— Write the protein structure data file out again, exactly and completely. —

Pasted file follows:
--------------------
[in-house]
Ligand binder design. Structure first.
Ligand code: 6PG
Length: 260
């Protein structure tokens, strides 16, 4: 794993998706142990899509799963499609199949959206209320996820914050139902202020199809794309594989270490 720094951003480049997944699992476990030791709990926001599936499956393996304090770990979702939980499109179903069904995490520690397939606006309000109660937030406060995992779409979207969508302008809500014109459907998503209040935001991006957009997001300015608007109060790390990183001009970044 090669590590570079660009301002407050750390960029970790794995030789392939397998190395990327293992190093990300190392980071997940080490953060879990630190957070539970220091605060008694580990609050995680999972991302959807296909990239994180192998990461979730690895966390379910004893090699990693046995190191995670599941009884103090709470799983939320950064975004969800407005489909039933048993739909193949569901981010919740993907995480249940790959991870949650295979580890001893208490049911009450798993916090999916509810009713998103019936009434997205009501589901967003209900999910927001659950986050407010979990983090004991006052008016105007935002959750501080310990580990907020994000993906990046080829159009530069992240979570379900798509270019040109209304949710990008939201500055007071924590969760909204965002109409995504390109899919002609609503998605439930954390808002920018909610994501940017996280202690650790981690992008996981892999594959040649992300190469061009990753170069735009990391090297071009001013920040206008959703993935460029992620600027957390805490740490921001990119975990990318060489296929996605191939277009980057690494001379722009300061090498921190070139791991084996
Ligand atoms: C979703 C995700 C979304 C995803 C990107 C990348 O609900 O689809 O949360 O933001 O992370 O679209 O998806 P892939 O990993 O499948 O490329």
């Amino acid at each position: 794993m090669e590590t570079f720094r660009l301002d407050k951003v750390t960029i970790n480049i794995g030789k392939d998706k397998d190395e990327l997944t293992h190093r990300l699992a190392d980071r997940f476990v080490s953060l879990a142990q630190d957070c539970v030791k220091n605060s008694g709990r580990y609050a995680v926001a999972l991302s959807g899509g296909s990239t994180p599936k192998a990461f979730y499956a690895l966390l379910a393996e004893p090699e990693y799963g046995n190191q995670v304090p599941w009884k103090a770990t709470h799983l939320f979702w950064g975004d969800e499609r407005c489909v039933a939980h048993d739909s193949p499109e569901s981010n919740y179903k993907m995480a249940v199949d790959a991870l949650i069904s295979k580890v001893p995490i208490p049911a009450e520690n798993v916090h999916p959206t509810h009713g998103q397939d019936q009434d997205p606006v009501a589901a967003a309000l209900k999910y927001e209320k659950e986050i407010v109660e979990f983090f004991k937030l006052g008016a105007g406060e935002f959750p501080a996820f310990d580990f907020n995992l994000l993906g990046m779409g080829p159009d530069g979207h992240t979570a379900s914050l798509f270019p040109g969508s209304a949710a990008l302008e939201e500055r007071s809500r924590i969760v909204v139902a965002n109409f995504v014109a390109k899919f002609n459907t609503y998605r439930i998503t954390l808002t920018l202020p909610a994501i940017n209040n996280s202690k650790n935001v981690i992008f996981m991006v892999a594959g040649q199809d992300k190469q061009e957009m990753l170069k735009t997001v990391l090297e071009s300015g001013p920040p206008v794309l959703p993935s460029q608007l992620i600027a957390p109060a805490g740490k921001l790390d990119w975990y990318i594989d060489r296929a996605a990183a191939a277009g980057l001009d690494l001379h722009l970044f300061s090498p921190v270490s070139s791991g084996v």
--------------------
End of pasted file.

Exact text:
[in-house]
Ligand binder design. Structure first.
Ligand code: 6PG
Length: 260
């Protein structure tokens, strides 16, 4: 794993998706142990899509799963499609199949959206209320996820914050139902202020199809794309594989270490 720094951003480049997944699992476990030791709990926001599936499956393996304090770990979702939980499109179903069904995490520690397939606006309000109660937030406060995992779409979207969508302008809500014109459907998503209040935001991006957009997001300015608007109060790390990183001009970044 090669590590570079660009301002407050750390960029970790794995030789392939397998190395990327293992190093990300190392980071997940080490953060879990630190957070539970220091605060008694580990609050995680999972991302959807296909990239994180192998990461979730690895966390379910004893090699990693046995190191995670599941009884103090709470799983939320950064975004969800407005489909039933048993739909193949569901981010919740993907995480249940790959991870949650295979580890001893208490049911009450798993916090999916509810009713998103019936009434997205009501589901967003209900999910927001659950986050407010979990983090004991006052008016105007935002959750501080310990580990907020994000993906990046080829159009530069992240979570379900798509270019040109209304949710990008939201500055007071924590969760909204965002109409995504390109899919002609609503998605439930954390808002920018909610994501940017996280202690650790981690992008996981892999594959040649992300190469061009990753170069735009990391090297071009001013920040206008959703993935460029992620600027957390805490740490921001990119975990990318060489296929996605191939277009980057690494001379722009300061090498921190070139791991084996
Ligand atoms: C979703 C995700 C979304 C995803 C990107 C990348 O609900 O689809 O949360 O933001 O992370 O679209 O998806 P892939 O990993 O499948 O490329």
């Amino acid at each position: 794993m090669e590590t570079f720094r660009l301002d407050k951003v750390t960029i970790n480049i794995g030789k392939d998706k397998d190395e990327l997944t293992h190093r990300l699992a190392d980071r997940f476990v080490s953060l879990a142990q630190d957070c539970v030791k220091n605060s008694g709990r580990y609050a995680v926001a999972l991302s959807g899509g296909s990239t994180p599936k192998a990461f979730y499956a690895l966390l379910a393996e004893p090699e990693y799963g046995n190191q995670v304090p599941w009884k103090a770990t709470h799983l939320f979702w950064g975004d969800e499609r407005c489909v039933a939980h048993d739909s193949p499109e569901s981010n919740y179903k993907m995480a249940v199949d790959a991870l949650i069904s295979k580890v001893p995490i208490p049911a009450e520690n798993v916090h999916p959206t509810h009713g998103q397939d019936q009434d997205p606006v009501a589901a967003a309000l209900k999910y927001e209320k659950e986050i407010v109660e979990f983090f004991k937030l006052g008016a105007g406060e935002f959750p501080a996820f310990d580990f907020n995992l994000l993906g990046m779409g080829p159009d530069g979207h992240t979570a379900s914050l798509f270019p040109g969508s209304a949710a990008l302008e939201e500055r007071s809500r924590i969760v909204v139902a965002n109409f995504v014109a390109k899919f002609n459907t609503y998605r439930i998503t954390l808002t920018l202020p909610a994501i940017n209040n996280s202690k650790n935001v981690i992008f996981m991006v892999a594959g040649q199809d992300k190469q061009e957009m990753l170069k735009t997001v990391l090297e071009s300015g001013p920040p206008v794309l959703p993935s460029q608007l992620i600027a957390p109060a805490g740490k921001l790390d990119w975990y990318i594989d060489r296929a996605a990183a191939a277009g980057l001009d690494l001379h722009l970044f300061s090498p921190v270490s070139s791991g084996v």